Testing the James Webb Space Telescope

Please log in or register to like posts.

The James Webb Telescope is currently undergoing testing. The telescope consists of the Integrated Science Instrument Module (ISIM), the Optical Telescope Element (OTE) and the Spacecraft Element (Spacecraft Bus and Sunshield). Scientists are testing the ISIM’s ability to withstand frigid temperatures and the electromagnetic environment of space.

The James Webb Telescope is the most powerful telescope to date and specializes in the infrared spectrum so that researchers can study images of the Universe’s oldest stars and galaxies. The ISIM contains four light-detecting instruments that will measure light from these distant planets, including a near-infrared camera, near-infrared spectrograph, mid-infrared instrument and fine guidance sensor/near infrared imager and slitless spectrograph.

Not only must the telescope remain operational for five to ten years, but it must also be able to withstand the vibrations from the launch. This requires multiple tests and overcoming obstacles before the launch date in 2018.

The Types of Tests Facing the James Webb Telescope

Scientists must confirm that the James Webb Telescope can handle the temperatures and electromagnetic emissions found in space. Recently, the telescope passed a series of electromagnetic emission and acoustic and vibration tests.

The electromagnetic emission testing occurred at NASA’s Goddard Space Flight Center in Maryland. Scientists took electromagnetic emission measurements from the ISIM and from the rest of the spacecraft to avoid electromagnetic interference. The walls of the lab minimize reflections to give researchers an accurate reading.

Since the telescope passed this test, scientists can confirm that any objects reported from the telescope while in space are not from electromagnetic interference.

The acoustics and vibrations tests were also conducted at Goddard Space Flight Center. In order to fit into the rocket for the launch, scientists will fold the telescope. These tests are imperative to ensure the instruments can manage through the noise and vibration of the launch while in this folded state.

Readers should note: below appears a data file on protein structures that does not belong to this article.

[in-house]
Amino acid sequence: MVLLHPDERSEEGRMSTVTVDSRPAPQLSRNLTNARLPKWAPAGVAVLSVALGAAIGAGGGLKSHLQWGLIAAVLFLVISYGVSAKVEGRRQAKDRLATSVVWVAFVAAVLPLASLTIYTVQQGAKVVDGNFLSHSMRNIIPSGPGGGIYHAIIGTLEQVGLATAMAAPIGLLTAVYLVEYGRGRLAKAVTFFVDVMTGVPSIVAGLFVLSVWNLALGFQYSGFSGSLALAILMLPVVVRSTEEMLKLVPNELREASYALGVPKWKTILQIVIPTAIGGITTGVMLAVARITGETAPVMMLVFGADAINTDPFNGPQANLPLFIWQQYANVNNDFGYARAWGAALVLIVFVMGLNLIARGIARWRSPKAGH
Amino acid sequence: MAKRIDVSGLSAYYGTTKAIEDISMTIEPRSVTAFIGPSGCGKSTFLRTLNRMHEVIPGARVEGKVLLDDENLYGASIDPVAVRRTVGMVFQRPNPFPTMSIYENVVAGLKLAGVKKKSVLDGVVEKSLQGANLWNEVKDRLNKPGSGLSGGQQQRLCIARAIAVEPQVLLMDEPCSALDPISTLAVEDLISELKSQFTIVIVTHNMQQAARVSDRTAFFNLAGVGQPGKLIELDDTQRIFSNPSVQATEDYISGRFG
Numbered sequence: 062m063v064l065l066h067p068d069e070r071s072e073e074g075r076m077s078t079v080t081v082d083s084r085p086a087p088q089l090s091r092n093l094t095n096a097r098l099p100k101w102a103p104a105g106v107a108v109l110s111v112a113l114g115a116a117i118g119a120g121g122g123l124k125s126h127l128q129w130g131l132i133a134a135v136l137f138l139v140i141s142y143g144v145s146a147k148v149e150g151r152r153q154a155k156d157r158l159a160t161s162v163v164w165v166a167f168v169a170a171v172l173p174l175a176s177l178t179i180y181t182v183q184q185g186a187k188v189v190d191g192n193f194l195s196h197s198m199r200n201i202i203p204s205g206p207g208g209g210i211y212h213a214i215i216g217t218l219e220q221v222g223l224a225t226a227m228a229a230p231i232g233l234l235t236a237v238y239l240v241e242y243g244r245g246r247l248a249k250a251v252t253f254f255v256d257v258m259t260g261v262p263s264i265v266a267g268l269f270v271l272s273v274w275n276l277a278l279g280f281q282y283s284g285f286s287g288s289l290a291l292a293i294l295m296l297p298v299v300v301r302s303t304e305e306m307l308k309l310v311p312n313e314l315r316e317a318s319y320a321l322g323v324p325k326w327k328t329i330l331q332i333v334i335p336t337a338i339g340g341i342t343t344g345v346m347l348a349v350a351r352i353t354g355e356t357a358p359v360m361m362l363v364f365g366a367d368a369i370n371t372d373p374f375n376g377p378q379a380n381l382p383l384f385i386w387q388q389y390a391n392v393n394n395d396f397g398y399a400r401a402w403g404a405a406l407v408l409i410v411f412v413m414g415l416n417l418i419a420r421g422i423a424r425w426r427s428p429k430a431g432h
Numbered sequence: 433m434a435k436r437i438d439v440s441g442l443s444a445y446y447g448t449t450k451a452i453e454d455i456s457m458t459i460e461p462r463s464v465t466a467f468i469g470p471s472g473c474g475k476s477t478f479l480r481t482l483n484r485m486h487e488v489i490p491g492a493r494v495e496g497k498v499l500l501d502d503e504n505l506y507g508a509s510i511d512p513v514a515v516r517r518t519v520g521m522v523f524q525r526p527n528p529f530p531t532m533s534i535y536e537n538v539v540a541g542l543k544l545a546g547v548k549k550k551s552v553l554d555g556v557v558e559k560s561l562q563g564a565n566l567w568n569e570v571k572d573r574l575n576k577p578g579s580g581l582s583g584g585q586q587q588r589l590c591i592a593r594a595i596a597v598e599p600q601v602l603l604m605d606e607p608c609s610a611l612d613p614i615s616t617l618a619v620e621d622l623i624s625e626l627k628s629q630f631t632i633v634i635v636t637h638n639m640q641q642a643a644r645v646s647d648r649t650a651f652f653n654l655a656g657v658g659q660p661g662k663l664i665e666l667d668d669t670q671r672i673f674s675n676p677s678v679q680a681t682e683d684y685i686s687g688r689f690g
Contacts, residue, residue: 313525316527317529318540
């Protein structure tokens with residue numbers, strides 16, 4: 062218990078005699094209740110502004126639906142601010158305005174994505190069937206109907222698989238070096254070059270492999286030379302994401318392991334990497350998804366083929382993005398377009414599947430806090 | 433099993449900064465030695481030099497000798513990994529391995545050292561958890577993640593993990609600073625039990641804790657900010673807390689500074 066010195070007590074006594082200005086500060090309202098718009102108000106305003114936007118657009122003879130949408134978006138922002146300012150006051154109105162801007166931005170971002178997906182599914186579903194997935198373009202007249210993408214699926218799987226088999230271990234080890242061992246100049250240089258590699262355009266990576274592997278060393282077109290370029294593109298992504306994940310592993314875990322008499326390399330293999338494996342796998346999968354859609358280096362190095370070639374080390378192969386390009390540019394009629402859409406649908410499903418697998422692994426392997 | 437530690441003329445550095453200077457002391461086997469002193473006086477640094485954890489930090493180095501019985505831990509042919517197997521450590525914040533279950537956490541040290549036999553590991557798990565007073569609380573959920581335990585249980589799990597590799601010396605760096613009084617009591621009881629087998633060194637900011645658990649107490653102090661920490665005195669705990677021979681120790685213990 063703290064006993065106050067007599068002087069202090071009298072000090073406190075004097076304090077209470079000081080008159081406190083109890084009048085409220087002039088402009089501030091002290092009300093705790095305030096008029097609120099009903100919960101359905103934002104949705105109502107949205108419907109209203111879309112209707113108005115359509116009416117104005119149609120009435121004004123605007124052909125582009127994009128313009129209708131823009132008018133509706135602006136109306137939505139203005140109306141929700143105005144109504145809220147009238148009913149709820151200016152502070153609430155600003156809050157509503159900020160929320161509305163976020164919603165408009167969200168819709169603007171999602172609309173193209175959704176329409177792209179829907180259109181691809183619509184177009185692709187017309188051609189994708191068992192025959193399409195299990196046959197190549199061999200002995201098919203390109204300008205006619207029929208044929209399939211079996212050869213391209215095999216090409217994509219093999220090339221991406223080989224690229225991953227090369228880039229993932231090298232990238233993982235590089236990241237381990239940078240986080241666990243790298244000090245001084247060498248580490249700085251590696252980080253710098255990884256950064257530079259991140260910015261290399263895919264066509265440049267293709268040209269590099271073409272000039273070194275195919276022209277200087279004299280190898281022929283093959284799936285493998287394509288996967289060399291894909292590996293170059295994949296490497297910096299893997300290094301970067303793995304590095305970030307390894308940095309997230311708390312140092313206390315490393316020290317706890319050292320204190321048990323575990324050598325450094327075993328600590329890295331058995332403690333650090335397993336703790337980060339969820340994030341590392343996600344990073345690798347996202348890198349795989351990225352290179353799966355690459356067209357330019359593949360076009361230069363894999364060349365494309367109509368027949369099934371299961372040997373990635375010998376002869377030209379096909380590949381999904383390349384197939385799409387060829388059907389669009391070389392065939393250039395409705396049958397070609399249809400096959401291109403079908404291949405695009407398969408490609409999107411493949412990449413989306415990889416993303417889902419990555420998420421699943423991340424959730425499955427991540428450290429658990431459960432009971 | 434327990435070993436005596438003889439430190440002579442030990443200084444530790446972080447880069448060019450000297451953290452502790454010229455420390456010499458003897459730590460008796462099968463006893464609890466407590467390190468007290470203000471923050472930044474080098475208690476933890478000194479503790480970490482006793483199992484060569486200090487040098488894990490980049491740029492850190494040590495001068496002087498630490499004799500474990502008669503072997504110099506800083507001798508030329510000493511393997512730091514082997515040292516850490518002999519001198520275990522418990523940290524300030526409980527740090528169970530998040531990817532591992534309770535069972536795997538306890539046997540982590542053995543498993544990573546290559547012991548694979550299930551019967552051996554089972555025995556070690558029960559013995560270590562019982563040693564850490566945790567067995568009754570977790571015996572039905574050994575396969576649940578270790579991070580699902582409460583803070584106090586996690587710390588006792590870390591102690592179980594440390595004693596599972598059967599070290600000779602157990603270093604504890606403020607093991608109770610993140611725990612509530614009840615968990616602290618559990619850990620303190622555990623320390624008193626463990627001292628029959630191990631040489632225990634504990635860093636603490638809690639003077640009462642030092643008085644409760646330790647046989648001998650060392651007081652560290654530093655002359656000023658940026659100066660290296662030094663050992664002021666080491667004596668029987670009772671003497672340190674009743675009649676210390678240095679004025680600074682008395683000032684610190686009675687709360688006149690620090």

NASA engineers placed the telescope in a 42-foot tall chamber, known as the Acoustic Test Chamber. After subjecting to a sound level of 150 decibels for a series of two-minute tests, the telescope passed inspection in the clean room.

Moving Past Obstacles

In December of 2016, the James Webb Telescope experienced an anomaly that caused engineers to halt furthering testing for a few weeks until the investigation was over. During a vibration test, the ISIM’s launch restraint mechanism began to move with small motions. This particular restraint keeps the telescope’s mirrors folded during the launch. The movement was small, but enough to shut down the test for a fraction of a second.

Unfortunately, even subtle movements can sabotage a launch. Scientists temporarily stopped the testing until the results came back and corrected the issue. Testing resumed in January of 2017 and engineers will test the telescope’s vibration stability in the remaining two dimensions.

The Remaining Tests Before Launch

The telescope is on schedule for remaining cryogenic tests at NASA in Houston, Texas. Temperatures in space so far from Earth equal minus 387 degrees Fahrenheit and the James Webb Telescope needs to operate for up to 10 years in this environment. The cryogenic test takes place in a thermal chamber.

After the telescope passes the final round of cryogenic testing, it will move to California for integration with the Spacecraft Element of the James Webb Telescope for sunshield testing. These tests will confirm the integrity of the Kapton, thin layers of temperature-resistant material used to guard against the sun’s rays, as well as other heat-resistant elements.

The James Webb Telescope is an international project with NASA, the European Space Agency and the Canadian Space Agency. The Hubble Telescope’s successor will launch in October of 2018 on the Ariane 5 Rocket and begin observations as early as April 2019, approximately one million miles from Earth. If the new telescope continues surpassing all of the remaining tests, it won’t be too long before astronomers can see some of the first galaxies and stars created.

Originally posted: http://fruitide.com/testing-the-james-webb-space-telescope/